There are many pros to single-use bags for liquid hold. Clean in place (CIP) and steam in place (SIP) are generally not required, and small volumes of product can be transported to point of use without the use of auxiliary equipment (1). For hybrid buffer storage and distribution systems with stainless-steel parts, however, CIP and SIP will still be required for steel parts and transfer lines (2). “When it comes to distribution, hybrid systems are ideal,” says Capone. “The added single-use technologies enable smoother transportation via a robust, certified, fluid containment system.” Another benefit of single-use storage biocontainers is that the small sizes can be transported to point of use without the use of auxiliary equipment.

New releases in the disposable space
There have been few releases in the solution storage product space in recent years. Those that are being released, however, are highly specialized, such as the LabPure fluorinated ethylene propylene (FEP) bags from Saint-Gobain. The LabPure bags are manufactured with a proprietary laser-sealed process that ensures safe storage of fluid materials. Extractable profiling is crucial to qualify the bags in a single-use system, and LabPure’s bags are associated with low extractables. They are also certified to meet the industry standard of no particulates larger than 50 microns in size and are animal-derived component-free. An added bonus is the LabPure bags come attached to Tygon tubing, which can be used for sterile-docking applications. The company also produces standard fluid-transfer assemblies, a line of fluoropolymer containers, and FEP overwraps for cryopreservation. 

Also new in the field is Meissner’s recently released single-use biocontainers. The company’s TepoFlex polyethylene biocontainer is available in a range of sizes (50 mL to 1000 L) and can either be designed to be compatible with customer-specific tubing lengths, connectors, and end fittings, or paired with Meissner’s BioFlex tubing systems. Scale-up efforts are made easier by the fact that all sizes of Meissner’s products are made with the same materials.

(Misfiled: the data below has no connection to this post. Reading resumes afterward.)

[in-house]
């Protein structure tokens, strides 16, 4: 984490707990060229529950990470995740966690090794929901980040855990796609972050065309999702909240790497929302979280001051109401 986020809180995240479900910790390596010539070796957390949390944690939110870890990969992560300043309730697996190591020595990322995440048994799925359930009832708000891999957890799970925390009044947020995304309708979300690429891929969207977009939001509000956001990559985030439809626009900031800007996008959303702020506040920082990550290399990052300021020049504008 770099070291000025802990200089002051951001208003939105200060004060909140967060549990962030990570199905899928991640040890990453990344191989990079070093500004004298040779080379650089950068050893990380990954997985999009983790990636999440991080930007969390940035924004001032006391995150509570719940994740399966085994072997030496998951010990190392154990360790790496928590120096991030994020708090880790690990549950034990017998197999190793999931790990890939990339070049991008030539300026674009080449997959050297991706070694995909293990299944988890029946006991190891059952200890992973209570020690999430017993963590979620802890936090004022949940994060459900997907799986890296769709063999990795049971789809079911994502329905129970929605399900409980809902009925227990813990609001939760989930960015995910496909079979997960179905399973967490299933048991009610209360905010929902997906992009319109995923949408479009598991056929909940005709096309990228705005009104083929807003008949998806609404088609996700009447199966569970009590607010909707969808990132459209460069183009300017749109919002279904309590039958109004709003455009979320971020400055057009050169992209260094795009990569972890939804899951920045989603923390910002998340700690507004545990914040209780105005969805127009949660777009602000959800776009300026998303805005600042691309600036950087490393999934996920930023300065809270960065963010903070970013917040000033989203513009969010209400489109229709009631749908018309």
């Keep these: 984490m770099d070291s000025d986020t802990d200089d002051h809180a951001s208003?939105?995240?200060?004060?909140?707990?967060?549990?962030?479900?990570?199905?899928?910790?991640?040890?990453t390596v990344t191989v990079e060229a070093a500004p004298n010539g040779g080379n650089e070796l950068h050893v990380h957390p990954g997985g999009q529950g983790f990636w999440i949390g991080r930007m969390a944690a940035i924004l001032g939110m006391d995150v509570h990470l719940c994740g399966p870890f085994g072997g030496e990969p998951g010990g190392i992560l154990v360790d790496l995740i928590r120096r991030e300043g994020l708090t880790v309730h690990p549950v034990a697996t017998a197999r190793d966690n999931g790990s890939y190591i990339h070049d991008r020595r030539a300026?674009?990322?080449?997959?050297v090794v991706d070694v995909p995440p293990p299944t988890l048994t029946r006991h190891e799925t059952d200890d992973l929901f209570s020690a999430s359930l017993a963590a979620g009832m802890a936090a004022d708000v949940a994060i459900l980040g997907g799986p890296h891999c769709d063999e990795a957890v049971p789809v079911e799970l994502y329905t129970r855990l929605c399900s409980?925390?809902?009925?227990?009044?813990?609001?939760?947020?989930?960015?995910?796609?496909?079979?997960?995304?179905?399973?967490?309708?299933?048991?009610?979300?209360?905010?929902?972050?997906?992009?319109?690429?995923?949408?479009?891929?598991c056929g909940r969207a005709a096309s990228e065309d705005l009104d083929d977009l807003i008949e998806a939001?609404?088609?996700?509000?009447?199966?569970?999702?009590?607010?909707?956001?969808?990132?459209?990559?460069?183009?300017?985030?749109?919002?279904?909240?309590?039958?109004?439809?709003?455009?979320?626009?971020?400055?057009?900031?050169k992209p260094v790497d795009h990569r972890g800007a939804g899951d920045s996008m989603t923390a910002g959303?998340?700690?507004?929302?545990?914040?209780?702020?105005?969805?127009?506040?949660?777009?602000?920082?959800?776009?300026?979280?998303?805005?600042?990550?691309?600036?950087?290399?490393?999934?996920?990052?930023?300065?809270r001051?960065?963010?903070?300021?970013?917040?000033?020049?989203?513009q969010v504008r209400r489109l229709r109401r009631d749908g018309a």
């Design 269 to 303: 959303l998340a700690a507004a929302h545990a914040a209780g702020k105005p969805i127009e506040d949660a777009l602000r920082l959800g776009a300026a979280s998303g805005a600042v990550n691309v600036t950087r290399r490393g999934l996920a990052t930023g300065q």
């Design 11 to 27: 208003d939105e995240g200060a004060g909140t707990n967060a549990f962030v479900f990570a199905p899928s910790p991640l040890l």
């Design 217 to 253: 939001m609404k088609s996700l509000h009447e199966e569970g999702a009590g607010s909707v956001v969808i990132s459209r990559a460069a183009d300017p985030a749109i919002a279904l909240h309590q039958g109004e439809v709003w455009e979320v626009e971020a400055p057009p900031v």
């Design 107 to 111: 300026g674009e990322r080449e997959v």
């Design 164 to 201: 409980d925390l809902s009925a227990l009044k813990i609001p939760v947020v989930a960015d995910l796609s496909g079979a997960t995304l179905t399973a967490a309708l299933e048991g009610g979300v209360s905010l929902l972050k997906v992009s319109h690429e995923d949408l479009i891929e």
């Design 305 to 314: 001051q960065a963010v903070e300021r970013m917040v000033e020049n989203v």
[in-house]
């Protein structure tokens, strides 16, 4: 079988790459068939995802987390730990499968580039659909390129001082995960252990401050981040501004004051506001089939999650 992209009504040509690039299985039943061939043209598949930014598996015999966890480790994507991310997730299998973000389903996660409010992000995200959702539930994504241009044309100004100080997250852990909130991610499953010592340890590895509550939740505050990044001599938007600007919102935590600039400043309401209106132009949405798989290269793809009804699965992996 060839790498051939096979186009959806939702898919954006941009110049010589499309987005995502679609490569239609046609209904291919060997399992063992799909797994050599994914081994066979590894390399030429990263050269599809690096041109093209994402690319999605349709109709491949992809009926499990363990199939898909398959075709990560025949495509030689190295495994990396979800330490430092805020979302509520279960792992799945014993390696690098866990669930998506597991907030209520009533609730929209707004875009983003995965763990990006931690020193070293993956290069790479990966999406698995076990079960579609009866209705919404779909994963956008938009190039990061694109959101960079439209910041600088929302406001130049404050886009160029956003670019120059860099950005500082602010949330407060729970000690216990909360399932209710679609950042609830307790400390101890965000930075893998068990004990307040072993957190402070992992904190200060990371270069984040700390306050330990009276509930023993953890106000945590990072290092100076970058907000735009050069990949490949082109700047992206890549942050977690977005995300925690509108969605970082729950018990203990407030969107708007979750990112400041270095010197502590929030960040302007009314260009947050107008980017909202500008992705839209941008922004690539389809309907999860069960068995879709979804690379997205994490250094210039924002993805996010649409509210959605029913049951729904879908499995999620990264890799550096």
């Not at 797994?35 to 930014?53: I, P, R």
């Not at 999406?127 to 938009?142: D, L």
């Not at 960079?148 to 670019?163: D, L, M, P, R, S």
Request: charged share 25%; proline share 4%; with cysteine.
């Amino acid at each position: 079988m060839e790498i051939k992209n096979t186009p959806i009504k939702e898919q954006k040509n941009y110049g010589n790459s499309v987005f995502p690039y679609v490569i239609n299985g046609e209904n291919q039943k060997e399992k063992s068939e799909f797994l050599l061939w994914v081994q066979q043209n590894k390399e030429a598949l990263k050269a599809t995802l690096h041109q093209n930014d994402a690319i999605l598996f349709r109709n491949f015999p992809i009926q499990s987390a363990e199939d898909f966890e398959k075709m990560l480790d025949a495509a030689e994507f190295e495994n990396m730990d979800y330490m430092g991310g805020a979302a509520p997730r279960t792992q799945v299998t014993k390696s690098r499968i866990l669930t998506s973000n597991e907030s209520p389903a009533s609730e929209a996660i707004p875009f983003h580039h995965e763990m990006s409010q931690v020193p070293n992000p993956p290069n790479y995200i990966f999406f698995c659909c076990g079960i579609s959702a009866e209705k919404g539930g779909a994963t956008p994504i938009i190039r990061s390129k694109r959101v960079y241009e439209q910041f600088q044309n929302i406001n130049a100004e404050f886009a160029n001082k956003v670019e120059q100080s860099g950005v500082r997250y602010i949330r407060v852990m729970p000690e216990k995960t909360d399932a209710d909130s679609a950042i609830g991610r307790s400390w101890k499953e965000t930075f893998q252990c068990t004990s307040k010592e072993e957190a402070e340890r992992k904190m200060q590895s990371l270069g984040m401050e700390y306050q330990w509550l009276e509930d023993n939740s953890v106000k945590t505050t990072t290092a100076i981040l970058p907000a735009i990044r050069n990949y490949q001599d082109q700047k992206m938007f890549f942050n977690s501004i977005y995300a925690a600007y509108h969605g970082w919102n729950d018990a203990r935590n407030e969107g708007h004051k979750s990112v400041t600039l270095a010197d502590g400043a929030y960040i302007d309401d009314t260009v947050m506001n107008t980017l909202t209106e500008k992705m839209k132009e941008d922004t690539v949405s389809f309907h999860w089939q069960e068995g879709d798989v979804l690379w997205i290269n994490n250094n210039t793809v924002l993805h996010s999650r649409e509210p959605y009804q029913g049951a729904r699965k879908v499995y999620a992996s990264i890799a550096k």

The importance of container testing
The safety of biocontainers, both for processing and storage, has recently come into question. According to Marghitoiu et al., single-use bioreactors and containers are more susceptible to problems associated with extractables leaching into the bioprocessing fluid (3). A 2013 study concluded leachables in single-use biocontainers were detrimental to cell growth, and in this study, the reduced cell growth was attributed to a gamma radiation-induced degradant of Irgafos 168, an additive used to prevent process-induced degradation and extend the performance of primary antioxidants (4). Martin points out in a separate editorial, however, that the real culprit in the study was an excess amount of Irgafos 168, a detail that the storage container manufacturer disclosed at an industry event (5). To avoid cytotoxicity events in biocontainers, Martin suggests end users “screen all new cell lines or media formulations with their intended or potential biocontainer(s) and bioreactor film(s) prior to initiating production.” According to Martin, biocontainer suppliers should provide evaluation kits to facilitate this testing (5), though this is not yet standard practice.
  References 1. C. Challener, BioPharm Internat. 28 (2), pp.24–27 (2015). 2. W. Kappel et al., Pharm. Eng. 34 (1), pp. 1–9 (January–February 2014). 3. L. Marghitoiu et al., PDA J Pharm. Sci. Technol. 69 (1), pp. 49–58 (January–February 2015). 4. M. Hammond et al., PDA Journal of Pharm. Sci. and Technol. 67 (2), pp. 123–134 (March–April 2013). 5. J. Martin, BioPharm Internat. 27 (2), pp. 16–18, 48 (February 2014).